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Keeping clean – Polished Granite Counter Tops

You’ve just had your new granite counters installed, “congratulations”. Now you can get on with being enthralled by the gorgeous stone in your home and not consumed with the alarming number of myths and misinformation about maintaining your gorgeous new granite. Because granite is a true rock from mother earth herself, and not an “engineered” material, you’ve probably been fairly reactive to some of the information you might have heard about maintaining a natural stone. Not all natural stones are created equal.  There is much confusion about the maintenance of granite as opposed to marble, natural quartzite, and other stones. Since most granite counter tops are purchased in the “shiny” high polished finish, this article is about caring for polished, sealed granite. (Other materials and finishes will be covered separately.) So…we’re going to set the record straight regarding its upkeep: Regular Cleaning and Exceptional Maintenance.

First things first: Granite is an extraordinarily hard rock.  It is extraordinarily durable material ideal for high traffic surfaces, highly resistant to heat, scratching and acids (not to be confused with marble, which is affected by acids).  With that being said, remember that stone is porous which means that it has natural openings in the rock.

Liquid absorbed into the stone does not damage the granite but can leave a dark coloured spot; think of grey pebbles on a beach that turn darker when wet by waves. To prevent liquids from being absorbed into the stone’s pores, the counters are sealed.  A penetrating sealer for natural stone soaks into the counter top to prevent liquids from being absorbed into it. Liquids then remain beaded on the surface, to be easily wiped up.
Granite is highly resistant and will not affected by any household acids, but the sealer is. Over time, the sealer will also be worn down by regular cleaning, just part of the normal wear and tear.  This should not be a deterrent to regular cleaning habits.

Regular Cleaning

  • Dish Soap – Most cleaning only requires using your regular dish soap. With warm soapy water, use a basic soapy rag to clear and clean your countertops. Wipe up any crumbs, spills or sticky residue as they occur. If some liquids have set, a hot wet rag will often suffice to loosen and remove the caked on debris.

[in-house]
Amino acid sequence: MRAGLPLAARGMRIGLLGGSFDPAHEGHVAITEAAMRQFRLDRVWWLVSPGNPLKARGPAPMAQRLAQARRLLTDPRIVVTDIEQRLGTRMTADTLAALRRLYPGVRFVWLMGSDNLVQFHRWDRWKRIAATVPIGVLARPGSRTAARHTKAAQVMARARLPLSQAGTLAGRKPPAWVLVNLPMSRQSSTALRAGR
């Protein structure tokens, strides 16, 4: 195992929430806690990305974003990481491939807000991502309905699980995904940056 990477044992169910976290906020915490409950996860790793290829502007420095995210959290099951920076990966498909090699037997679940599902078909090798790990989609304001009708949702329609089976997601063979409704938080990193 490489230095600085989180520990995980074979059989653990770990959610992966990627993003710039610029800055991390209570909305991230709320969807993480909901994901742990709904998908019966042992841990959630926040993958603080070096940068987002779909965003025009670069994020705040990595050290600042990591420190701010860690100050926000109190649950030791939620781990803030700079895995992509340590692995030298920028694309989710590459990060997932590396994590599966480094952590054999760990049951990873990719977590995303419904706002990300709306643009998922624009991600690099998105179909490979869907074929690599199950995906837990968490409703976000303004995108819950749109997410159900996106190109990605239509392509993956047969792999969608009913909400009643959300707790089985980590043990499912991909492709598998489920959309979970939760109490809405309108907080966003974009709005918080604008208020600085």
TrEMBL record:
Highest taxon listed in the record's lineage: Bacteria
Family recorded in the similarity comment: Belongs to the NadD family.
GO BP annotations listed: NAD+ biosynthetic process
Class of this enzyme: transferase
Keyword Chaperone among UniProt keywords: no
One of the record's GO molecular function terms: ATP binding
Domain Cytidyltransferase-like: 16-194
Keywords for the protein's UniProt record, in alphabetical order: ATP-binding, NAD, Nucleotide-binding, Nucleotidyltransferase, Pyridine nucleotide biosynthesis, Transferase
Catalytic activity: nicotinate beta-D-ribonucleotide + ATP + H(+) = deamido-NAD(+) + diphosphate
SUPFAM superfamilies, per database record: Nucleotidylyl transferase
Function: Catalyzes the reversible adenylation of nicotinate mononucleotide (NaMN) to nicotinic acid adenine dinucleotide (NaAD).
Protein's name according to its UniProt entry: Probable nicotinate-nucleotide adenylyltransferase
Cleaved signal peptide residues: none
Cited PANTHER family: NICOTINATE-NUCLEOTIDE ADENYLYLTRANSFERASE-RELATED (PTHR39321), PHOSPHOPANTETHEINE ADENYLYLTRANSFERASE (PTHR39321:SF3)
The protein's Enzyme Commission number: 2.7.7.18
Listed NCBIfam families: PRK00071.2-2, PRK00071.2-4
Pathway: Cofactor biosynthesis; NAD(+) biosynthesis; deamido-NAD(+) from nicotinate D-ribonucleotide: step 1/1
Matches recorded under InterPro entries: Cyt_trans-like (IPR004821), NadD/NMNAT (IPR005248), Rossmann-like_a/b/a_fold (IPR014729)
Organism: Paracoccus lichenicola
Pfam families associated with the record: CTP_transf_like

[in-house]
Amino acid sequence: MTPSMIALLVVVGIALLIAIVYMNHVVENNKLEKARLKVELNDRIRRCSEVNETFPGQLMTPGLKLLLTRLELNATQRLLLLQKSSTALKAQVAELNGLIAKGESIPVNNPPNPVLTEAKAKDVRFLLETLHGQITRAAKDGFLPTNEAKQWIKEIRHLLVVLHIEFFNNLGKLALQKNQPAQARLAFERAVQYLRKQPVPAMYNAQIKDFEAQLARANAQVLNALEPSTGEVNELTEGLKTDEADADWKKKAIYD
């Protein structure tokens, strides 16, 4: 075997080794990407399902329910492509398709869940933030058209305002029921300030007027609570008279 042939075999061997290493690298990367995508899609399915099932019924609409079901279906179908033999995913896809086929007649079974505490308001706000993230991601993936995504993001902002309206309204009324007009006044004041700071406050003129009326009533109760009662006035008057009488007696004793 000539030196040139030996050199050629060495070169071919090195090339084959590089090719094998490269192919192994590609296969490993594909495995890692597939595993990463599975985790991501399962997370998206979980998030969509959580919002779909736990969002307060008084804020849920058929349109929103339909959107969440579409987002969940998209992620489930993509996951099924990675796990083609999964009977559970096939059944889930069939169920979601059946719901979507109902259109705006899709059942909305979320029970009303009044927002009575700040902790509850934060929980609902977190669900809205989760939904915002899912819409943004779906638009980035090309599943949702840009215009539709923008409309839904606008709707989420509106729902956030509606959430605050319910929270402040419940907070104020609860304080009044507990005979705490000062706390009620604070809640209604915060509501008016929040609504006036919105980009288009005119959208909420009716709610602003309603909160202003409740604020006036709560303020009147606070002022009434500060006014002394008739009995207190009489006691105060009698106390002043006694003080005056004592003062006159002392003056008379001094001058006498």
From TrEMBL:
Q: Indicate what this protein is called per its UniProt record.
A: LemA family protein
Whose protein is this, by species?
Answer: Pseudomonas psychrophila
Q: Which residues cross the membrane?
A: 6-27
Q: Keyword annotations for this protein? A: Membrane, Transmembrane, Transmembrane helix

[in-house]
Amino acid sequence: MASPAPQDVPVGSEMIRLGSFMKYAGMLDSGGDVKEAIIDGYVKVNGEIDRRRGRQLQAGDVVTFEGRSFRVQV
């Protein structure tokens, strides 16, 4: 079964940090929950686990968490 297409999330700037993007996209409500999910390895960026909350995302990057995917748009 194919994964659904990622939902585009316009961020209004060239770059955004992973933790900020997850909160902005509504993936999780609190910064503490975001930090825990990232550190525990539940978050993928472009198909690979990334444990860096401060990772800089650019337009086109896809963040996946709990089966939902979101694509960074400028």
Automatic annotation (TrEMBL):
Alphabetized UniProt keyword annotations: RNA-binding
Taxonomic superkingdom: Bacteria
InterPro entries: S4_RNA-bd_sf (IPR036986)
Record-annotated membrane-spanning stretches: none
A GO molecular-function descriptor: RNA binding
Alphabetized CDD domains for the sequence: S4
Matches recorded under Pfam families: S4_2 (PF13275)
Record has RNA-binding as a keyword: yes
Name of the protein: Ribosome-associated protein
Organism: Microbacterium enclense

• Baking Soda and scrubbing – Non-abrasive scrubbing pads or a sprinkle of baking soda can also help with stubborn caked or dried on foods.
  • Bleach – If you rely on bleach for its antimicrobial efficacy, you can continue using a bleach solution. Bleach will not affect the stone. “When disinfecting most surfaces, 1 part liquid household bleach to 100 parts water is sufficient for sanitizing.” from the “Guidelines for the Use of Sanitizers and Disinfectants in Child Care Facilities”. Virginia Department of Health. Retrieved 2010-03-16.
  • Special cleaners – For the occasional dedicated cleaning, we stock some great PH balanced cleaners in the design centre, which we would be happy to demonstrate for you.
    Extraordinary Maintenance: Re-sealing or Removing Stains.

Sealing – How often does a counter top need to be sealed?

New cleaners are being marketed regularly, and various stone sealers are and have been used for countertops. The combination of brands are too numerous to make a blanket statement on their individual effects or efficacies. (Under fairly heavy wear and tear, my kitchen counter top has not needed to be re-sealed in 11 years.) A granite countertop is properly sealed when water splashed on the surface beads up. When water no longer beads up on the surface of the countertop, it’s time to give it a good seal. We suggest you test your sealer in a high use area such as around your sink. Pour water on your counter, if it remains without soaking in, your sealer is functioning. If a stone is not sealed, even water can soak into a granite countertop and leave a dark coloured spot (it will evaporate). Liquids that do not evaporate, such as oils or some coloured condiments can cause stains if left to soak into the stone.

Precautions, against using harsh chemicals such as oven cleaners or liquid toilet bowl cleaners, are to avoid damaging, and possibly penetrating past, the sealer.  Spills of very hot oils or acidic substances not immediately wiped up, could also damage your sealer.

Stains – Poultice?

If the counters did somehow get stained, there are specialty products appropriate to different sources of stains, that usually require the application, or applications, of a “poultice” and a bit of effort on your part.
Quick easy clean ups are the best formula for trouble free maintenance.

Questions? Comments? Share them here. Are you ready to realize your dreams in stone? Visit us in our showroom and design centrecontact us, or Request a Quote on your granite, marble, or quartz stone project. Our design consultants are ready to help you!